R.T.L. Allen, F.L. Terrett


Frost action and biological attack are not important causes of damage to concrete in coast protection works in the British Isles and no cases of alkali-aggregate reaction have been positively identified. Chemical attack is usually confined to structures containing concrete of indifferent quality. Damage to exposed concrete structures due to abrasion by wave driven shingle is, however, extensive at many sites in the United Kingdom and gives rise to a considerable maintenance problem. A series of experimental panels was laid in the apron of a sea wall at Fleetwood in 1961 in order to compare the performance of different concrete mixes when exposed to attack by the sea. Some provisional conclusions have been drawn from a study of the results of this experiment, and a survey of coast defence works in England and Wales has provided additional information. Suggestions are made for further research into factors affecting the durability of concrete in coast protection works.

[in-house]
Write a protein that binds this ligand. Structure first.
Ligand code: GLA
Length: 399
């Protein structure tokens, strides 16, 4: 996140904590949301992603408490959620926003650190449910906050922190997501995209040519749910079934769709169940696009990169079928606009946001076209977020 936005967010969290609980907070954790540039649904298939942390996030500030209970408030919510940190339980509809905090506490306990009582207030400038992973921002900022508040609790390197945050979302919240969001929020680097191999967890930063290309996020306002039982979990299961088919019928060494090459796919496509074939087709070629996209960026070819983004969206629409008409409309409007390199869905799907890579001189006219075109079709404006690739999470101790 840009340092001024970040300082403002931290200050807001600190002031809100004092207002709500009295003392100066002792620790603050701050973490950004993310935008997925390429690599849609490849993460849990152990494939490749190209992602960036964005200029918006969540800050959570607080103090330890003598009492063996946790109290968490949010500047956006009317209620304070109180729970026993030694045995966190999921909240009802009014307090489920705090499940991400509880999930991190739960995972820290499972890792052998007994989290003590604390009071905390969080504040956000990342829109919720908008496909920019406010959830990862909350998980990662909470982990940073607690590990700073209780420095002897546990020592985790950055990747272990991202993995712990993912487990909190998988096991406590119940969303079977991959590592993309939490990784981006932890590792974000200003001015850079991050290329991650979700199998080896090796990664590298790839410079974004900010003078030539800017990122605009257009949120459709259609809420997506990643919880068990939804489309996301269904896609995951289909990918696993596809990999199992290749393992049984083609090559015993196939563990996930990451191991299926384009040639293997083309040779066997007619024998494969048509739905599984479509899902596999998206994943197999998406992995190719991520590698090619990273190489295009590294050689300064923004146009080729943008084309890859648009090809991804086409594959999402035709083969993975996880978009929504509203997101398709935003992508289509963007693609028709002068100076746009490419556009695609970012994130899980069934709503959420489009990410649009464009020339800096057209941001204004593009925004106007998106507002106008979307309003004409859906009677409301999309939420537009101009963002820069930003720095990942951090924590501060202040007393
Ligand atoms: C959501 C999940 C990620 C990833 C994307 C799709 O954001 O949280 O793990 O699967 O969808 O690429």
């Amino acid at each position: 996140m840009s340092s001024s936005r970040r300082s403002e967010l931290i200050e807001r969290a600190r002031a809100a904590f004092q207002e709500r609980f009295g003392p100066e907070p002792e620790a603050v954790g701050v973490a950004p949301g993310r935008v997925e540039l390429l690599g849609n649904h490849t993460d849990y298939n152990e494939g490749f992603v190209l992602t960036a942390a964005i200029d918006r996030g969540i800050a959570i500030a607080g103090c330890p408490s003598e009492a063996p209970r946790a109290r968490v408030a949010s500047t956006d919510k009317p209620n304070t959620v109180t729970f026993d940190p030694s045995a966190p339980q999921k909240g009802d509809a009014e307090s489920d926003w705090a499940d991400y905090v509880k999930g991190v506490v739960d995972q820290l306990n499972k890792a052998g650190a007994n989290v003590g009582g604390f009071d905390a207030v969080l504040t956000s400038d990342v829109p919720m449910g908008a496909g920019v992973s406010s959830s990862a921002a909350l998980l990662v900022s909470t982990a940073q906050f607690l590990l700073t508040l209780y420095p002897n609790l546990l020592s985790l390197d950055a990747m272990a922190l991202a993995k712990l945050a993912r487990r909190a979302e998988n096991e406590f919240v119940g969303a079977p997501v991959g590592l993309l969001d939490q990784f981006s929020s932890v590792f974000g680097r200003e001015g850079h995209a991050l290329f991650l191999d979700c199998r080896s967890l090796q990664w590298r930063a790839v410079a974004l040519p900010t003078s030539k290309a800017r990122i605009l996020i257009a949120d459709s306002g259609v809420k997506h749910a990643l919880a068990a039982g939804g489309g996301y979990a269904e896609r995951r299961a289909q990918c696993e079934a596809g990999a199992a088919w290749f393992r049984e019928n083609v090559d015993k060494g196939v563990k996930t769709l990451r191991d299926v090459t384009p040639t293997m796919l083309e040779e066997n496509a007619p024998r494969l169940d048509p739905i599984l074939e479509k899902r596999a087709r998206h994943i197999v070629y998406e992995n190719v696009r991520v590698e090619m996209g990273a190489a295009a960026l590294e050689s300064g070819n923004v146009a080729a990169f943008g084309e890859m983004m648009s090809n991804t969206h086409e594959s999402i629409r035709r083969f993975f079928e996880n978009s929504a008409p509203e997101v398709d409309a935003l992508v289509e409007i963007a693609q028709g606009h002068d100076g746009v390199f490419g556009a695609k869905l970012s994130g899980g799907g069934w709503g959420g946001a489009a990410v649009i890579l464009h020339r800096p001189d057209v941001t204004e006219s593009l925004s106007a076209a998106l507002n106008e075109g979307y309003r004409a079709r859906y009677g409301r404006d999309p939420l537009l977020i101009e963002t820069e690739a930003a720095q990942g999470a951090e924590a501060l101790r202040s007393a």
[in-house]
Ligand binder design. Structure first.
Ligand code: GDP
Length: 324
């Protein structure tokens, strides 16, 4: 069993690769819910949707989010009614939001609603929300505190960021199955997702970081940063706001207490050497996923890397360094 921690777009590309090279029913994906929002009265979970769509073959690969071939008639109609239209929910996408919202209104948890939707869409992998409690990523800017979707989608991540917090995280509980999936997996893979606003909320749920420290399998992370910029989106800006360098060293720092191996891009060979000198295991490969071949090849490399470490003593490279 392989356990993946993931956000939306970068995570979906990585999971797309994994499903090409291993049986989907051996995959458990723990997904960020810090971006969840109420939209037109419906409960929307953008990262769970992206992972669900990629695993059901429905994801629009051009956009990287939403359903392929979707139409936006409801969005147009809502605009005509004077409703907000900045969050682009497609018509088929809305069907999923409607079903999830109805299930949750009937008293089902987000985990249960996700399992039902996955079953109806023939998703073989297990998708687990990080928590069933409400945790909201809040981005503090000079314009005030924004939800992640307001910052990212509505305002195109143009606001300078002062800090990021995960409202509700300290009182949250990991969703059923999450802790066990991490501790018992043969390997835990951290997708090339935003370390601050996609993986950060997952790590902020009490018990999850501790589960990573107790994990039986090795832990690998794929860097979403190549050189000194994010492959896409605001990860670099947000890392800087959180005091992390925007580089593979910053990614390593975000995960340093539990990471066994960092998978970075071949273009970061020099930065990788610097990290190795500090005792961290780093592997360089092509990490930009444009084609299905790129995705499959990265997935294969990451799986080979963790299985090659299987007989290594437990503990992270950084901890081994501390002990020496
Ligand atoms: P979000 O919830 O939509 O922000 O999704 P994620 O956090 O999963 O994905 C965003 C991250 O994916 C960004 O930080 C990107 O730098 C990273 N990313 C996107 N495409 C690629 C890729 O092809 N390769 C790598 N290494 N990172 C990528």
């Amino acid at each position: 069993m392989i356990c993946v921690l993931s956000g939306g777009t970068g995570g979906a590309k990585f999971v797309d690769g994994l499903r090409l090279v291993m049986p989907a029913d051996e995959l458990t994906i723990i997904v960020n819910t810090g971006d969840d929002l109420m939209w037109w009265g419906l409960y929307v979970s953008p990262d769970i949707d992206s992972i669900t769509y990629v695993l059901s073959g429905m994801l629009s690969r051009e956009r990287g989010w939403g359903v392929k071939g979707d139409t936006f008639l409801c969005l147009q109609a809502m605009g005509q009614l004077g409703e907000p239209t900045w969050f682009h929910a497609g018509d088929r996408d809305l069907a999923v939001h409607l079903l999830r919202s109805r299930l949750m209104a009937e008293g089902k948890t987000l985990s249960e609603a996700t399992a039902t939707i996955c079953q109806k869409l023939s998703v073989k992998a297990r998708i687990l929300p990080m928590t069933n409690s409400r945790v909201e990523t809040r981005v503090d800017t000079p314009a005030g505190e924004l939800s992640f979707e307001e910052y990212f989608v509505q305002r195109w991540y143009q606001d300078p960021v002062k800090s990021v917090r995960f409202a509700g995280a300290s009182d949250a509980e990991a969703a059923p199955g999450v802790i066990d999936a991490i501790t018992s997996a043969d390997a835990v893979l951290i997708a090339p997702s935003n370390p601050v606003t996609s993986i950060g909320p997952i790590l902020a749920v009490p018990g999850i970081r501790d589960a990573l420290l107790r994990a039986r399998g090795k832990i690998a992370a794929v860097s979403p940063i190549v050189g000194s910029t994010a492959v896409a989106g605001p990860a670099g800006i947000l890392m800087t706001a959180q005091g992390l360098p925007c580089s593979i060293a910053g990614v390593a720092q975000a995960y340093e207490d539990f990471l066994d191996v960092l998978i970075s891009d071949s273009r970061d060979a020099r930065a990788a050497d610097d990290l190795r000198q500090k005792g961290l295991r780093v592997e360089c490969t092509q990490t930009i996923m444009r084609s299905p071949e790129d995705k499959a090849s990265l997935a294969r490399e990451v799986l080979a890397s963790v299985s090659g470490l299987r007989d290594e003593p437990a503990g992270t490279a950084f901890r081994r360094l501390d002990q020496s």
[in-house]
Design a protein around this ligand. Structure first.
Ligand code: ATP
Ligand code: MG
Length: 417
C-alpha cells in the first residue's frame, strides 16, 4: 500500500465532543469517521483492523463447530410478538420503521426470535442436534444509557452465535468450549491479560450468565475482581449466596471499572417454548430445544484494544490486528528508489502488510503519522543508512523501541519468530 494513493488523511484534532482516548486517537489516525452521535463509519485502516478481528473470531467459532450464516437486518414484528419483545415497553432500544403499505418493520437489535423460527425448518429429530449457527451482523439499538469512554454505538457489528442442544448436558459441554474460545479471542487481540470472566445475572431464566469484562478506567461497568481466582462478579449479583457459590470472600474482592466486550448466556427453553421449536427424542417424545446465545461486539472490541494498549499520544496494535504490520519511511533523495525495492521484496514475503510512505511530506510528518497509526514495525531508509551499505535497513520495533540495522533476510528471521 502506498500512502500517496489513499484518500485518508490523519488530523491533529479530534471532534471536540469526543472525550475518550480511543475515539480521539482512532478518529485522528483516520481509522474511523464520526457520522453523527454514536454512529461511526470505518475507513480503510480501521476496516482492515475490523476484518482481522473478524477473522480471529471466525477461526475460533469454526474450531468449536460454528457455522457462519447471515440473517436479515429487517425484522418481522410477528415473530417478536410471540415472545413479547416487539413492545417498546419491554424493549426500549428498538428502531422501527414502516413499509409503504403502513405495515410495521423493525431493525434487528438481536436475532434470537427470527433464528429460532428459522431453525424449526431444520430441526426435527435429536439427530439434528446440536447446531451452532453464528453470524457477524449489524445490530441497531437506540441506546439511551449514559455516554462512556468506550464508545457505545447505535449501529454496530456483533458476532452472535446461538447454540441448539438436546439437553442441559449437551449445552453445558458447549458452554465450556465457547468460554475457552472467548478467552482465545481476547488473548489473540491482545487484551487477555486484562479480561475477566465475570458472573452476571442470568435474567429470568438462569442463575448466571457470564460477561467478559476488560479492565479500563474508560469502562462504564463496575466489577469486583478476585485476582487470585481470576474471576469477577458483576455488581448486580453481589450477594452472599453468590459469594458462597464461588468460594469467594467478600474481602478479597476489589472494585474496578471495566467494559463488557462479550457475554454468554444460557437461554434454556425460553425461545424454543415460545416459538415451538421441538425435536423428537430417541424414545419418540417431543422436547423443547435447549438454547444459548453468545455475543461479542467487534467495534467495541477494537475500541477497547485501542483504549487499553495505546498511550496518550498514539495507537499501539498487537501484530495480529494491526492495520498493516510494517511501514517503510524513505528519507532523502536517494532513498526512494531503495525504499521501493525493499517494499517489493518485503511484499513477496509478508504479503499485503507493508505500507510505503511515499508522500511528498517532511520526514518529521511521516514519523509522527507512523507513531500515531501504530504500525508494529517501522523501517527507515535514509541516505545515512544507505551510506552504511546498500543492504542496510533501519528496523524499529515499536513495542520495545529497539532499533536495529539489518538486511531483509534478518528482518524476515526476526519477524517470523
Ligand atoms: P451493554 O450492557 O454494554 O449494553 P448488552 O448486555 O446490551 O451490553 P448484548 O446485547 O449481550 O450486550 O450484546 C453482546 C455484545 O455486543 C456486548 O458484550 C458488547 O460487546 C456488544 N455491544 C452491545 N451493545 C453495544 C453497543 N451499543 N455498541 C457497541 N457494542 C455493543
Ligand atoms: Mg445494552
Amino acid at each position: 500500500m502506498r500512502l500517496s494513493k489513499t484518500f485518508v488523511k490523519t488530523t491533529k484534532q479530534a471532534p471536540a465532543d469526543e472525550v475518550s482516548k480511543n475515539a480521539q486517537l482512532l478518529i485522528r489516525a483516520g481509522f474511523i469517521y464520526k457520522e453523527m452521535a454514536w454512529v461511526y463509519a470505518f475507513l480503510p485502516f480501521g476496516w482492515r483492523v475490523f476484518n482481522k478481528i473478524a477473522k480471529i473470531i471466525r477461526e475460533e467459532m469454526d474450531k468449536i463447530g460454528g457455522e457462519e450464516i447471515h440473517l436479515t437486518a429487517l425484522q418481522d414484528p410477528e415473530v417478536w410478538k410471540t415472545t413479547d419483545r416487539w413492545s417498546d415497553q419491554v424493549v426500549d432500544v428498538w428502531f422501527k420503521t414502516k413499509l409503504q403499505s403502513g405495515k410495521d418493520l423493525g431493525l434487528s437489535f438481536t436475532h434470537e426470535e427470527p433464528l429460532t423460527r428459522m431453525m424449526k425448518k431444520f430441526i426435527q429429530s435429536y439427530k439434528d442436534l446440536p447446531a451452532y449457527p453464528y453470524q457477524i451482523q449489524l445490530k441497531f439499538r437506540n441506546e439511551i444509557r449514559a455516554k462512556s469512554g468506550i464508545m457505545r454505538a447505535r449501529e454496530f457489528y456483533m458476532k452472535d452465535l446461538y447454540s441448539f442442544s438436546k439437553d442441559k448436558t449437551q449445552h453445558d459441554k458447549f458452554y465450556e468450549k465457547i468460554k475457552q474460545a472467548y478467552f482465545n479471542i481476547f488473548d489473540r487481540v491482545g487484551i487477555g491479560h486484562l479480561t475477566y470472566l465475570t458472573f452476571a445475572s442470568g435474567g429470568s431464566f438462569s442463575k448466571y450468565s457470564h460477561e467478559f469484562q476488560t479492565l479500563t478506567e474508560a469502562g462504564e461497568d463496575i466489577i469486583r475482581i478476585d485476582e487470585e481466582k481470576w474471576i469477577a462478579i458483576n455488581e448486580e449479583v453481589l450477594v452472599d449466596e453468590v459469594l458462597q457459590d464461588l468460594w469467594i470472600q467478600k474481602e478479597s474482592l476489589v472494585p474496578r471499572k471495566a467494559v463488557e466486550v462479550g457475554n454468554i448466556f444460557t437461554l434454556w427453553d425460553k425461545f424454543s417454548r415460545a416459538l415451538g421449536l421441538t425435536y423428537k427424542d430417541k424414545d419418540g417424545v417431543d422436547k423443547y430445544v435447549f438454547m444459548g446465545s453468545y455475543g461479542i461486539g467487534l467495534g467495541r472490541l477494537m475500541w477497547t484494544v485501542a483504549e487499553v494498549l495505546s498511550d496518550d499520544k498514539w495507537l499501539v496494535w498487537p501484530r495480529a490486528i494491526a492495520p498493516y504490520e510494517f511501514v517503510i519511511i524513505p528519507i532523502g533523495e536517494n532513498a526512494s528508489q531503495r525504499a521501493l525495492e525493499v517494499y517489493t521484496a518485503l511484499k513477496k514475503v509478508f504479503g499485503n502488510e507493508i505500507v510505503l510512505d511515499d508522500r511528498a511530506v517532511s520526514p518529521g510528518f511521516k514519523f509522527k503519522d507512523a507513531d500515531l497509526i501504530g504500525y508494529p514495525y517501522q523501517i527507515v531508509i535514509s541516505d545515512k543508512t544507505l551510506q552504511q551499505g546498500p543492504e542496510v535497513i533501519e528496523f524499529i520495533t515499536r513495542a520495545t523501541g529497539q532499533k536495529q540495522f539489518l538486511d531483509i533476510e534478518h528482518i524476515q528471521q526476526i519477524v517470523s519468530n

concrete durability; coastal structures; concrete

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